Former professional star Mutalieb Allie ended a lengthy wait for top honours when he was crowned the singles champion in the SPAR South African snooker championship in Port Elizabeth at the weekend.
The 44-year-old Allie, from Lansdowne in Cape Town, defeated his Goodwood clubmate, Tariq Samsodien, 7-3 in Saturday’s final at the Hellenic Hall to win the national title for the first time.
There was a sense of relief for the Cape Town star, who had contested four previous finals but had been on the losing side each time.
“Yes it is very nice to be the champion at last, but I must say after I had won I didn’t feel any different,” said Allie, who played professionally in the United Kingdom for two years in the mid-nineties.
“Although I think if I had lost I wouldn’t have felt very good about it.”
He added that there had been some nerves ahead of the final, although playing against his clubmate and good friend did “take a bit of the edge off” the game.
“There is always tension in a situation like this, especially as each year I had been knocking on the door. People were always telling me, you will get a chance next year.
“But playing against Tariq made it a bit easier, because we have contested many finals and we know each other’s games.
“When you are in that situation [playing against a friend], you don’t mind so much what the outcome is. I’m sure he was happy for me because he has won the title twice before.”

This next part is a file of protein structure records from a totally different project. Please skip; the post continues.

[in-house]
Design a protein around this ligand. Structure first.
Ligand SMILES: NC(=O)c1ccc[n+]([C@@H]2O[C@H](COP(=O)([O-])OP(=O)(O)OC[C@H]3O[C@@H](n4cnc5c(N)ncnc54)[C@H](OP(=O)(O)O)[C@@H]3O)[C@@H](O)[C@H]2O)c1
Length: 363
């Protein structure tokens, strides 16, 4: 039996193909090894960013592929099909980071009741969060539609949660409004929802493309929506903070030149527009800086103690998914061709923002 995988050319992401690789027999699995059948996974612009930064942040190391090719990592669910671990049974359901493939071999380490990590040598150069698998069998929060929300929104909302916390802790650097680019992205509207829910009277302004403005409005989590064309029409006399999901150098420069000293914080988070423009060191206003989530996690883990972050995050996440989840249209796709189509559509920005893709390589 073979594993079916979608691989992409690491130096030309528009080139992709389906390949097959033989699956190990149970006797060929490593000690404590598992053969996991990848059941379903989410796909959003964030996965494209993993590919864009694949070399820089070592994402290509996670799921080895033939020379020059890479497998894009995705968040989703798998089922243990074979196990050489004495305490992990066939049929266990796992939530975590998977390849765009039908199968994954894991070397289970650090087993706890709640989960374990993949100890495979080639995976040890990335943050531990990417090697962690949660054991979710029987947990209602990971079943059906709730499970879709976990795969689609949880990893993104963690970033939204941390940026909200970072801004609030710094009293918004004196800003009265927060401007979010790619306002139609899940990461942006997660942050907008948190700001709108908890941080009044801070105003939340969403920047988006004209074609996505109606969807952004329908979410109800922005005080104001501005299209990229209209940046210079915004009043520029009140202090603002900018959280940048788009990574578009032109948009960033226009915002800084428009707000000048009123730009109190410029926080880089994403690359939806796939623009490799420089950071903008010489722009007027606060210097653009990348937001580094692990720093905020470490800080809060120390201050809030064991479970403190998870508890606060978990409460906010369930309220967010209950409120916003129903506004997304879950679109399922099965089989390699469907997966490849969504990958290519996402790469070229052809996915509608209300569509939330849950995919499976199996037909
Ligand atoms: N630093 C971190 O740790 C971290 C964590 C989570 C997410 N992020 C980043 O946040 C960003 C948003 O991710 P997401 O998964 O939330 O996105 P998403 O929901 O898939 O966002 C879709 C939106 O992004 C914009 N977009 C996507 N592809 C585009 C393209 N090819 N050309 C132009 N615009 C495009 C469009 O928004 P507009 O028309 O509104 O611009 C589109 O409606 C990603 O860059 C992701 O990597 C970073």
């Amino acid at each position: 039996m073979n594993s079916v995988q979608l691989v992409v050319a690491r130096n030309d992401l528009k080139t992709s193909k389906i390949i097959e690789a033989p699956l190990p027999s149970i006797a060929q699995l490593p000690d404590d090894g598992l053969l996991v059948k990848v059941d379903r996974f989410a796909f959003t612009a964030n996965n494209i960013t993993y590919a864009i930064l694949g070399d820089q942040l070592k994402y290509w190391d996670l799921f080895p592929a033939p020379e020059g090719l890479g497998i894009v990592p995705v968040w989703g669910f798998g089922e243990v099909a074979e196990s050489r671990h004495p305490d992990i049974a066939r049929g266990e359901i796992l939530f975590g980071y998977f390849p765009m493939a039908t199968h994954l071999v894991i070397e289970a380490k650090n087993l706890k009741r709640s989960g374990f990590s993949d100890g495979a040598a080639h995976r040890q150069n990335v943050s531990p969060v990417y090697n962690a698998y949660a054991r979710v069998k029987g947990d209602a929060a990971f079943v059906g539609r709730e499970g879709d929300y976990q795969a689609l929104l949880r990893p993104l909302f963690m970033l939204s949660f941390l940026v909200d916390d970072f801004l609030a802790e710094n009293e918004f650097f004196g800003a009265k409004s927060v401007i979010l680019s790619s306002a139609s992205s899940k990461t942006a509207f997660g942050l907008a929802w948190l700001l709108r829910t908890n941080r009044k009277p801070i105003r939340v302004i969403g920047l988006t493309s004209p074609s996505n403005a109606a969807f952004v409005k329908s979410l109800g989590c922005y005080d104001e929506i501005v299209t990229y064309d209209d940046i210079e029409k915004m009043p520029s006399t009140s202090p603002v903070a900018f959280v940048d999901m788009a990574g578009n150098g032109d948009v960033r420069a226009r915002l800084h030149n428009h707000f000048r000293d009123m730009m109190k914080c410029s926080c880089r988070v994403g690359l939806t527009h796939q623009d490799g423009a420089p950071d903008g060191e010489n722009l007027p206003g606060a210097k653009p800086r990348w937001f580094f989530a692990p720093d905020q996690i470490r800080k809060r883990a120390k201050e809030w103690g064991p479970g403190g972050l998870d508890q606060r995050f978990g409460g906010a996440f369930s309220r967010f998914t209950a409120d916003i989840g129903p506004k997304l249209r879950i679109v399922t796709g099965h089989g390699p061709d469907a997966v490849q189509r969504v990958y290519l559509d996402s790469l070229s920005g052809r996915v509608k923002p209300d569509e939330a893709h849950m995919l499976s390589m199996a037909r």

His strategy in the final was to try to play as safely as he could, said Allie, who has represented South African on a number of occasions.
“Your main focus is just to make sure you pot the balls and have one or two decent breaks to make it easy to win the frame.
“When I went 3-0 up in the final I started to feel more comfortable, but I still had that hurdle to get over so the nerves were always there.”
Allie said he came into the tournament with expectations of doing well, but his strategy was never to look too far ahead.
“You are always aiming to win, because that is why we compete.
“But with those sorts of expectations can come disappointment, so it is a matter of taking it game by game and day by day.”
He said adapting to the conditions was testing as the tables had been re-clothed.
“When you play on practice tables, the conditions can be different to the reconditioned tables we had for this tournament.
“This is always a challenge in South Africa because tables differ from club to club, venue to venue and city to city.
“When you get to a certain level, it’s the small things that make a difference and that is something you have to adjust to.”